Deutsche Telekom, Europe's biggest telecommunications company, yesterday cut its 2007 profit forecast for the second time in six months. Intense competition and the dollar's 10% slide against the euro have led to an anticipated drop in earnings of up to €1.2bn ($1.55bn). The company is anticipating EBITDA of €19 billion ($24.5 billion), down from earlier guidance of €19.7-20.2 billion. 2006 revenue is forecast at €61.3 billion versus an earlier projection of at least €61.5 billion. The warning builds pressure on new CEO René Obermann, who states there will be no change to the plan for “[n]ecessary structural reforms" put forward by his predecessor, Kai-Uwe Ricke. The plan includes major job cuts that should save the company €4.5bn by 2010. DT lost 2.3m German fixed-line customers in 2006 on discounting by Vodafone and Telecom Italia and competition from the Internet and wireless technology. Mobile customer numbers went up in both Europe and North America, but the unfavorable dollar-euro exchange rate erased €200m from projected profits for 2007. DT's T-Mobile USA division gained 902,000 customers in the U.S. in Q4, well behind the record 2.4 million customers added by Cingular Wireless. T-Mobile rates in Germany, which fell 11% in 2006, are expected to continue to decline. DT will increase marketing spending this year, primarily on its Internet and wireless businesses, and will open about 200 retail stores in Germany. The company will pay a dividend of at least $0.72/share for 2006 and will publish Q4 earnings on March 1.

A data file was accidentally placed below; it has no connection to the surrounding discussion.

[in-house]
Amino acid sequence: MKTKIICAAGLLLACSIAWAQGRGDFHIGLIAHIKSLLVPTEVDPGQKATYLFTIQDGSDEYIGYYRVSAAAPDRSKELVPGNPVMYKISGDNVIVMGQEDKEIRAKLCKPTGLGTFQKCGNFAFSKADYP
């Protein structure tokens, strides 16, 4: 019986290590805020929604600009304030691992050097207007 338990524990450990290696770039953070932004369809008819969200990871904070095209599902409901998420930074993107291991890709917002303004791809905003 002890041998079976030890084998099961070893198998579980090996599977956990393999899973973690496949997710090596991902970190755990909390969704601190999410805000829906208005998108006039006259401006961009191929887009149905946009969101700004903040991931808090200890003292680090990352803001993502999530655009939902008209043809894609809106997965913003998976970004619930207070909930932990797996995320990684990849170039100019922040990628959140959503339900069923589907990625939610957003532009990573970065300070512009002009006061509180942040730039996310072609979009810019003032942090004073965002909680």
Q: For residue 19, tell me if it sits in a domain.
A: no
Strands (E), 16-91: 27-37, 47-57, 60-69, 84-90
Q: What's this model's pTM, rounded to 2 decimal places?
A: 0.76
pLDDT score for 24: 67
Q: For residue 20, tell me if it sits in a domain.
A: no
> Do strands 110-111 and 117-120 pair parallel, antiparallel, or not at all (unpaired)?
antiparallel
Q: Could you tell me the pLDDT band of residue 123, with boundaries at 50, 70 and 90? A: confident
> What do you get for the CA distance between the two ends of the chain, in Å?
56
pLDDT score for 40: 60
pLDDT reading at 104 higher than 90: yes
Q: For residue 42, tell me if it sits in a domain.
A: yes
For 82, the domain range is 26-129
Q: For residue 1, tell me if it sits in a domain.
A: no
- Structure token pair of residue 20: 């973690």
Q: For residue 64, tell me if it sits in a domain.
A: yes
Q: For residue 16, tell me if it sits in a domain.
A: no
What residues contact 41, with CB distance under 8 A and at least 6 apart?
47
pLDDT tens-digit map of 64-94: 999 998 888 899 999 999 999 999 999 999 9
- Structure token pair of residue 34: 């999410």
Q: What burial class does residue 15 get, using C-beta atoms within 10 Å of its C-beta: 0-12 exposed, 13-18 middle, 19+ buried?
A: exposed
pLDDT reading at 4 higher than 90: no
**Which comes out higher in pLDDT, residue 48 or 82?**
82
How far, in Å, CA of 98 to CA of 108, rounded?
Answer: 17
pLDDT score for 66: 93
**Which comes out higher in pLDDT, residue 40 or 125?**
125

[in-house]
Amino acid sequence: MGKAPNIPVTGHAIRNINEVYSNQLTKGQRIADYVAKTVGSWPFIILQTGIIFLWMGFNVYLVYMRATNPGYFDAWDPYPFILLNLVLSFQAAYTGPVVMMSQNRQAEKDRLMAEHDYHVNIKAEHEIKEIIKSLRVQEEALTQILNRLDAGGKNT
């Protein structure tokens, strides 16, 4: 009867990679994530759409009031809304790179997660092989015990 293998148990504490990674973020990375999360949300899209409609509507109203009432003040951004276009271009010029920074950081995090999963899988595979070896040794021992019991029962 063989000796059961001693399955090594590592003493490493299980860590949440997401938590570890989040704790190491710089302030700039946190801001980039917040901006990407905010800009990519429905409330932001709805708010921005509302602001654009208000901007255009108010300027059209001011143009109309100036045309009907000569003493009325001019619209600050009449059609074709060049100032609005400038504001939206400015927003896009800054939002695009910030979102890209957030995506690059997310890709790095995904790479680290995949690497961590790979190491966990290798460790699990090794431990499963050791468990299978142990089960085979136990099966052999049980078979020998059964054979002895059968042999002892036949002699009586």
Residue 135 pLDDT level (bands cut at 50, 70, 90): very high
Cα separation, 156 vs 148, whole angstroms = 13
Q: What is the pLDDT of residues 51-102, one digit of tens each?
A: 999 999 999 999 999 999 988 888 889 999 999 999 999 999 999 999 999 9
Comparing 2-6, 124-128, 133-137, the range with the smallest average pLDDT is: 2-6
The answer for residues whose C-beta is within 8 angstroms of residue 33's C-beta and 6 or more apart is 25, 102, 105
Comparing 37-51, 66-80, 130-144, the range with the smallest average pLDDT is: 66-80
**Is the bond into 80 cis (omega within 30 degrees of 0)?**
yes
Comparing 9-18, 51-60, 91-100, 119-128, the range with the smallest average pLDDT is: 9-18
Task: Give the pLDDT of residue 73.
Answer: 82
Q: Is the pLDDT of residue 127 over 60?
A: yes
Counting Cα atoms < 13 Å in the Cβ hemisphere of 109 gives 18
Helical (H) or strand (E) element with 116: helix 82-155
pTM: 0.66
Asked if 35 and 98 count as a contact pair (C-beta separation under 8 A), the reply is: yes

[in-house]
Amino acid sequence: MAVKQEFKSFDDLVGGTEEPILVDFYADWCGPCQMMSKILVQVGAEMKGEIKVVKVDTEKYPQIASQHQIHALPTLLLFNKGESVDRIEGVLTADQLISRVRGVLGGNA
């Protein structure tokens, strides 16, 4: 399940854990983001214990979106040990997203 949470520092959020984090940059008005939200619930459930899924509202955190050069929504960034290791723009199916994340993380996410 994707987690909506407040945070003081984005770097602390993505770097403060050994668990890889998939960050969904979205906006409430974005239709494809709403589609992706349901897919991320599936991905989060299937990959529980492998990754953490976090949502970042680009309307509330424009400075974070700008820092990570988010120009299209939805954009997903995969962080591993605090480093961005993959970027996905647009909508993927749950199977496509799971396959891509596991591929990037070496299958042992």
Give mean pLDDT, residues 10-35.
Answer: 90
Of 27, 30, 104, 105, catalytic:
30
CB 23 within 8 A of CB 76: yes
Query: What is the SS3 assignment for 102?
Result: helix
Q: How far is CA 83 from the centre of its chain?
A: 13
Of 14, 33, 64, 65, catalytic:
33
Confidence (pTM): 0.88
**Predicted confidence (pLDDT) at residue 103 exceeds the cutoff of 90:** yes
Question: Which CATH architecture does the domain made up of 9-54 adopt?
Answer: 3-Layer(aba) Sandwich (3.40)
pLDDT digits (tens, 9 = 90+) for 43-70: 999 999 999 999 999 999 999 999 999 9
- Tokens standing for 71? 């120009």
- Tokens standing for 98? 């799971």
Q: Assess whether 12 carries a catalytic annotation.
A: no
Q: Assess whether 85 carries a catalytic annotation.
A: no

• Sources: Financial Times, Bloomberg, Wall Street Journal
• Related commentary: Barron's Euro Dogs of the Dow 2007, Say Ach Ya To Germany: A Global Powerhouse, Who In Europe Is Likely to Be the Next LBO Target?
• Potentially impacted stocks and ETFs: Deutsche Telekom AG [ADR] (DT). Competitors: BT Group plc (BT), France Telecom (FTE), Vodafone Group plc (VOD), Telecom Italia S.p.A. [ADR] (TI). ETFs: iShares MSCI Germany Index Fund (EWG).
Seeking Alpha's news summaries are combined into a pre-market briefing called Wall Street Breakfast. Get Wall Street Breakfast by email -- it's free and takes only a few seconds to sign up.